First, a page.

Ventriloquism is the art of making one's voice apparently issue from something or someone else — a dummy, another person, a dog, or (by a very experienced performer) from thin air.
The voice is never actually "thrown" — that's to say, the performer makes the sounds in his mouth, but by misdirection and an immobile face the listener is tricked into hearing the sound from somewhere else.
This phenomenon is caused by the human senses not having sufficient information to determine the origin of the sound. This is quite striking and can be demonstrated by simple experiments. For instance, blindfold someone and have him try to pinpoint the direction and distance of two coins being tapped together; by changing the position of his hands or covering the coins up to one degree or another, the demonstrator can totally baffle the subject. Another is to line up several people a short distance apart and have one of them make a sound and the others simply mime: from a quite short distance the listeners will be quite unable to tell who's actually sounding off.
It isn't too difficult for the ventriloquist to make most sounds without moving her lips. All the vowels — although one has to be careful with "y" at the beginning of a sound — and most consonants are easy with a little practice. The exceptions are "f", "p", "m", and (not so difficult) "v" and "b". These all require lip movement (thus are called "labial" consonants). The performer either must practise until perfect with these or can (at least at first) substitute one sound for another. "V" can stand in for "f", "b" for "p", and "n" for "m" — the words will sound a little slurred but will be quite intelligible. Having said all this, it's advisable to practise in front of a mirror, as various sound combinations may cause lip movement, or obvious tongue movement, when they aren't expected.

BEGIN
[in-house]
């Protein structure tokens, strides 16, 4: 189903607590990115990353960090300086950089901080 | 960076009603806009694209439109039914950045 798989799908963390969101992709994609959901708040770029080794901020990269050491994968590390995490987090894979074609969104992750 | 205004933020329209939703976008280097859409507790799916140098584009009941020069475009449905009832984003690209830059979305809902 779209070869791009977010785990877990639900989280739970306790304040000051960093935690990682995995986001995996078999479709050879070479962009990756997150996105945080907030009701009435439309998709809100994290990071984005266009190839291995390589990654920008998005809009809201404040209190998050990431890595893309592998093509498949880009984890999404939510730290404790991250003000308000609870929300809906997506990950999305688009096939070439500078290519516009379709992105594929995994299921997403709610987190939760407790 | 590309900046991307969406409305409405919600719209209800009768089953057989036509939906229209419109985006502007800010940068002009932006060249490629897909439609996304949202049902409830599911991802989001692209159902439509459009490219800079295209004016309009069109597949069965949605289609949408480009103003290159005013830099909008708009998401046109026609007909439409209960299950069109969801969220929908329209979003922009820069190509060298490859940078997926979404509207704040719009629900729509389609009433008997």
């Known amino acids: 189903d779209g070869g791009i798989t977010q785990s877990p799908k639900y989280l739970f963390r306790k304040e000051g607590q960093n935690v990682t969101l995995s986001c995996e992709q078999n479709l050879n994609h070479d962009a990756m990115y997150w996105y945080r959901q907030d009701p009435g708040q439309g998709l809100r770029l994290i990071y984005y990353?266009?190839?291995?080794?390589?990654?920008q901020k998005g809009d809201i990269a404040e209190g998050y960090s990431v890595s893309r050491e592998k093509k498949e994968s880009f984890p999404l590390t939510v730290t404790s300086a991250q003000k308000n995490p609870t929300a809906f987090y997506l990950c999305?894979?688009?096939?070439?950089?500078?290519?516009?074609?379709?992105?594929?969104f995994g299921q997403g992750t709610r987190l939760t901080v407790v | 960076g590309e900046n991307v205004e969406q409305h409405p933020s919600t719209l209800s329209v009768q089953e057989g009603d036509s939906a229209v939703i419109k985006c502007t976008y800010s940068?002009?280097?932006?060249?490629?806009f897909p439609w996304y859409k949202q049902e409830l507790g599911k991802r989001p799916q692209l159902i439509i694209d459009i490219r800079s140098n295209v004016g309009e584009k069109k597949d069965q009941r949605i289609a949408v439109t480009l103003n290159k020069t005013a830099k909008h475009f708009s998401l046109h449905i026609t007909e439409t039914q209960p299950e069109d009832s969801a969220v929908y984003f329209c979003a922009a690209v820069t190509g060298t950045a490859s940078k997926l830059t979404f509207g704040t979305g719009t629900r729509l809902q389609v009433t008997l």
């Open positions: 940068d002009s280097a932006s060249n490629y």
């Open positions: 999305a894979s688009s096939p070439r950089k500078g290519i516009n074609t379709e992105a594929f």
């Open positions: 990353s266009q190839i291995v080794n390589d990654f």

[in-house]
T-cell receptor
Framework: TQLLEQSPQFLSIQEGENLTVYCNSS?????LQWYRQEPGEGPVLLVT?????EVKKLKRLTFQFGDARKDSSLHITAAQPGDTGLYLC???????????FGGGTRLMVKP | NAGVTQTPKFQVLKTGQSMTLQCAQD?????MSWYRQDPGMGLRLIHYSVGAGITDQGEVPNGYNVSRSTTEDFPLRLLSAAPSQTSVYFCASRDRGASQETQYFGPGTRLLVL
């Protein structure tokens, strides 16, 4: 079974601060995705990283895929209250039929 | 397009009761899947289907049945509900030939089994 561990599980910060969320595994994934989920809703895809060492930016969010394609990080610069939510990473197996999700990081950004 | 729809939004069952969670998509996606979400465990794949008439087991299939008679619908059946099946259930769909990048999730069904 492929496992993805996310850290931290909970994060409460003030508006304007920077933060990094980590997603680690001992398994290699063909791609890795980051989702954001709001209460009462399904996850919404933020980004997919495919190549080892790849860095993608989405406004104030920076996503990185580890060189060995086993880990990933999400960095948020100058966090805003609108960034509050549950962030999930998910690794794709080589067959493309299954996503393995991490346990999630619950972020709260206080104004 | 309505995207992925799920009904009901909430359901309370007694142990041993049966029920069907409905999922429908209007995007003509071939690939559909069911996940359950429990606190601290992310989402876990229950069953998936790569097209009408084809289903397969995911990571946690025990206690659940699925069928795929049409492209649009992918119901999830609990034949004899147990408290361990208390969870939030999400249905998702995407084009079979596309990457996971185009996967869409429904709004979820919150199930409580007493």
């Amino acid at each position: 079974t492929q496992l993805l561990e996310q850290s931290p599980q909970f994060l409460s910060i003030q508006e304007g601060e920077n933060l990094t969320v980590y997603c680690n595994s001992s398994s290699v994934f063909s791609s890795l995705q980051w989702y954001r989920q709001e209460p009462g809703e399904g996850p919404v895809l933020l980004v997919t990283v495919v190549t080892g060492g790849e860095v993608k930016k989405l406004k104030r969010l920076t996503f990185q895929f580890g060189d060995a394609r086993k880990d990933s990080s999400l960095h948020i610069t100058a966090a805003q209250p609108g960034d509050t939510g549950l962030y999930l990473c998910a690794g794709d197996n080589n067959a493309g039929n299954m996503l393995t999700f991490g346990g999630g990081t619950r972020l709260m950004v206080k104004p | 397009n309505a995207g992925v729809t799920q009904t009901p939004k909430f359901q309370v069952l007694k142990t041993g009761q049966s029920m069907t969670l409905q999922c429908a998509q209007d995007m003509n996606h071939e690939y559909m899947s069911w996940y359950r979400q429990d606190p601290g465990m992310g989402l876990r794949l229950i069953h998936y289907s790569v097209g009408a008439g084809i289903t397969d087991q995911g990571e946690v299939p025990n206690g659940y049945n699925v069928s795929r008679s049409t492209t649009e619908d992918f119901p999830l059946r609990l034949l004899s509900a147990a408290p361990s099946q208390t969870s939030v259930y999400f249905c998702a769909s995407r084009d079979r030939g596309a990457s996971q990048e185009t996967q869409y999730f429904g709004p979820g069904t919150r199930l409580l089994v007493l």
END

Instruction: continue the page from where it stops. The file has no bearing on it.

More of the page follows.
Breath control is important. This isn't just because the performer doesn't want to be visibly gasping for breath while his dummy is chattering away, but also because a smooth, extended release of breath contributes to the quality of the produced sound.
Finally, the tongue and palate can be used to alter the apparent elevation of the sound. The base of the tongue, pressed against the soft palate, allows very little of the voice to get by. This in and of itself produces a muffled sound which can be used to mysterious and striking effect. If then the performer speaks in a harsh, guttural tone with the tongue placed as described, the sound will appear to come from below, somewhere. Speaking in a sharp tone will cause the sound to appear to be emanating from somewhere above the performer. Experimentation will bring out other phenomena.
Training with an expert and tons of practice are necessary to be successful with this art.